• Here you can see what your work area will look like when you are down to your last 6 peppers.
  • Now it is time to pull out the food processor. First add two large and peeled garlic cloves. Run processor until garlic is like a paste.
  • Now add two 8 oz packages of cream cheese and one teaspoon of salt and run the processor till the cheese is smooth.
  • Now add four tablespoon of sriracha. Please use your own discretion on the amount based on your tolerance to sriracha. Most people will not think this is to hot but your call.
  • Now run the processor till the color of the cheese is a light orange and the color is consistent.
  • Now the fun part. Get your Capela Jalapeno Poppers Stuffer. Looks like a caulking gun but is design to stuff peppers.
  • Take of the top of the stuffer and now load the cream cheese mixture into the stuffer.
  • This is what it looks like when it is loaded.
  • Insert nozzle into the opening of the pepper and slowing pull the trigger. Take your time for it can easily overfill a pepper.
  • This is what it looks like when filled.
  • Now take that same pepper and using real cheap and thin bacon start wrapping the pepper starting at the top and working yourself down. Leave the last inch unwrapped so it can fit back in the rack.
  • Here is what a peeper should look like when done.
  • Here is all 24 poppers in the rack and ready to be cooked.
  • Preheat oven or pellet grill to 375F and place the rack of poppers in the middle of the cooking are. Now cook for at least 30 minutes. I usually pull them when the bacon looks thoroughly cooked. The rack will keep the peppers upright and will make sure they do not blacken like when you try and cook them on a grill.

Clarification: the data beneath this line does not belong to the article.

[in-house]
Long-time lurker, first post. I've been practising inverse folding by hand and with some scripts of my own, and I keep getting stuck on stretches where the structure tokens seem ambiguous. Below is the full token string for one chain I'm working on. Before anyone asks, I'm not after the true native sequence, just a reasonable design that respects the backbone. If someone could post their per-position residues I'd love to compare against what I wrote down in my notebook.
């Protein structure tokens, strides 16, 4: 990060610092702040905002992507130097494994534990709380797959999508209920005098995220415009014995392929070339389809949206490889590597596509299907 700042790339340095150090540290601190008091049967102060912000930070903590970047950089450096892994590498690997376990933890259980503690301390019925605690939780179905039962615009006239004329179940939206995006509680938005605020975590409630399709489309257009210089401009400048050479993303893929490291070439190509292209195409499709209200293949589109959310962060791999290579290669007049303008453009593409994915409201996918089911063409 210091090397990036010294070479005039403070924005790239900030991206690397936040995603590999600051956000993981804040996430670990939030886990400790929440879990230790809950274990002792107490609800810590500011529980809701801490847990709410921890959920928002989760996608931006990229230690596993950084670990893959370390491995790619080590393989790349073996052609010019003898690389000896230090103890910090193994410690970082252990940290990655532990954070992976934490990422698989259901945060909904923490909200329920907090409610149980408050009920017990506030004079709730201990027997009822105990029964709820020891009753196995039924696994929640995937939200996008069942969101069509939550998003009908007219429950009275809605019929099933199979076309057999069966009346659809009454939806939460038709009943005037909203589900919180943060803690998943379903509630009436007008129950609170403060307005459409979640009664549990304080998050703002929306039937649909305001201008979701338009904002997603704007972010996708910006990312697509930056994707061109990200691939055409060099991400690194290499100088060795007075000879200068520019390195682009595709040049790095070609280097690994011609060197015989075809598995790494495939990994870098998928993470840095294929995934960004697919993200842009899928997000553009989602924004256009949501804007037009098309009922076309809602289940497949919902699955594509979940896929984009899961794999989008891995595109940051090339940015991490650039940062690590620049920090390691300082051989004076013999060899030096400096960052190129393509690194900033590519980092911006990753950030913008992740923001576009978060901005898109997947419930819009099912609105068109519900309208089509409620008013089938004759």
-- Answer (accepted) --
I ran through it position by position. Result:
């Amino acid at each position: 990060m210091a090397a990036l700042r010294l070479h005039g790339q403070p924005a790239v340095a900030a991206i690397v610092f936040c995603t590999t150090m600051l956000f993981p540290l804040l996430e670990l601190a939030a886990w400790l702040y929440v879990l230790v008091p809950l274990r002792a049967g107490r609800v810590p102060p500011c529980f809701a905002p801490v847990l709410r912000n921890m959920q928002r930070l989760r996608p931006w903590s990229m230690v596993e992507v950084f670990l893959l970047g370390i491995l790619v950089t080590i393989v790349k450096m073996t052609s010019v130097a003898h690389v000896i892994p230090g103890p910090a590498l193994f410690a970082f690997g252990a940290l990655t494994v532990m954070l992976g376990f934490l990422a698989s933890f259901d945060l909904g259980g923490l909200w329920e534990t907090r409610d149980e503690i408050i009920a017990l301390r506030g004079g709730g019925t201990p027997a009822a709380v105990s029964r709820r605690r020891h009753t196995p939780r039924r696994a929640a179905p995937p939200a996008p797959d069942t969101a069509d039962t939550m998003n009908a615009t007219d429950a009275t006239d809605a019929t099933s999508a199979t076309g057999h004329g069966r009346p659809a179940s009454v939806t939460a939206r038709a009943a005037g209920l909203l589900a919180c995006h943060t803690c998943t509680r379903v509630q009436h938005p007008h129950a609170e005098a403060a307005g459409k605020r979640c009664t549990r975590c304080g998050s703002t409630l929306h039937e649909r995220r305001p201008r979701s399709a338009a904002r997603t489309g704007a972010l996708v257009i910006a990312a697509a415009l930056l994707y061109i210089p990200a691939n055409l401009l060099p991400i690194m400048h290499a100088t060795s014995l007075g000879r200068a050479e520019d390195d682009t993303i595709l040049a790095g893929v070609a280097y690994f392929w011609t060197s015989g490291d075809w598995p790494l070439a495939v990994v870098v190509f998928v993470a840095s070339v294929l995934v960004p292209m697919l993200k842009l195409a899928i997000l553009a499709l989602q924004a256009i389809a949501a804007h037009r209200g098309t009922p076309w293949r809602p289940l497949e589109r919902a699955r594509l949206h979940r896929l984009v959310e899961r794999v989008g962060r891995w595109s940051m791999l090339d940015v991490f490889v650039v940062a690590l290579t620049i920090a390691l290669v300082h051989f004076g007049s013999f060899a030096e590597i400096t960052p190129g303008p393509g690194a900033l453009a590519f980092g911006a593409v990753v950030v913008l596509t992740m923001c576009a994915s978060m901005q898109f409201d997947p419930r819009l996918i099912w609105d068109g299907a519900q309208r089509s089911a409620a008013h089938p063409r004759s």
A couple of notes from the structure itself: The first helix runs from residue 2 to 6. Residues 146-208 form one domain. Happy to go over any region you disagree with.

• Here is a fully cooked popper. You will notice that the bacon is pink and not dark. This was cooked on a pellet grill and the same effect that gives ribs a pink smoke ring made the bacon look pink. It was well cooked and even crisp.
  • When I cut the popper in half you can see the cheese does not run and the bacon stays in place. Makes these poppers very easy to eat and they will be the hit of the party.
    Bon Appetit

Video

Nutrition

Serving: 1popper | Calories: 155kcal | Carbohydrates: 15.5g | Protein: 4.3g | Fat: 8.7g | Saturated Fat: 3.1g | Cholesterol: 12mg | Sodium: 508mg | Fiber: 1.2g

Baby Back Ribs – GoSun Sport Solar Cooker Review

Baby Back Ribs – GoSun Sport Solar Cooker Review

This recipe is one of a series that features the GoSun Sport Solar Cooker.

The Challenge – 10 baby back ribs cooked in 2 hours with outdoor temperatures of 45F on a sunny day.


Print Recipe
CourseMain Course
CuisineAmerican
Keywordbaby back ribs, solar cooking
Prep Time30 minutes
Cook Time2 hours 9 minutes
Servings2
Calories669kcal
Cost12

Ingredients

Instructions

Preparation

  • Select a medium or smaller rack of Baby Back Ribs.
  • Remove the membrane from the back of the ribs.
  • Now cut the ribs into two rib sections. Each session will be two ribs.
  • We will be using Weber KC BBQ Rub.
  • Cover both sides with the rub and then let the ribs sit in the refrigerator for 1 hour. This will allow the salt in the rub to permeated the meat.
  • Now insert the ribs into the GoSun Sport cooking tray.
  • It will be a tight fit but ou should get 10 ribs into the tray.
  • Now we add the liquid smoke. Liquid smoke is nothing more than smoke that has been reduced and liquified.
  • Just a few drops on each 2 rib section.
  • We will be cooking by temperature and not time se we now insert a micro food probe in the middle between the two ribs. Make sure you do not hit the bone.
  • Now slowly load the cooking tray ino the solar cooker. making sure that the seal is completely closed.

The Cook

  • This day the sun was out but the air temperature was 45F. The Sport solar cooker is not affected by the outside temperature.
  • The ribs reached the internal temperature of 200F in a little over an hours but we allowed the ribs to cook for 2 hours and 3 minutes.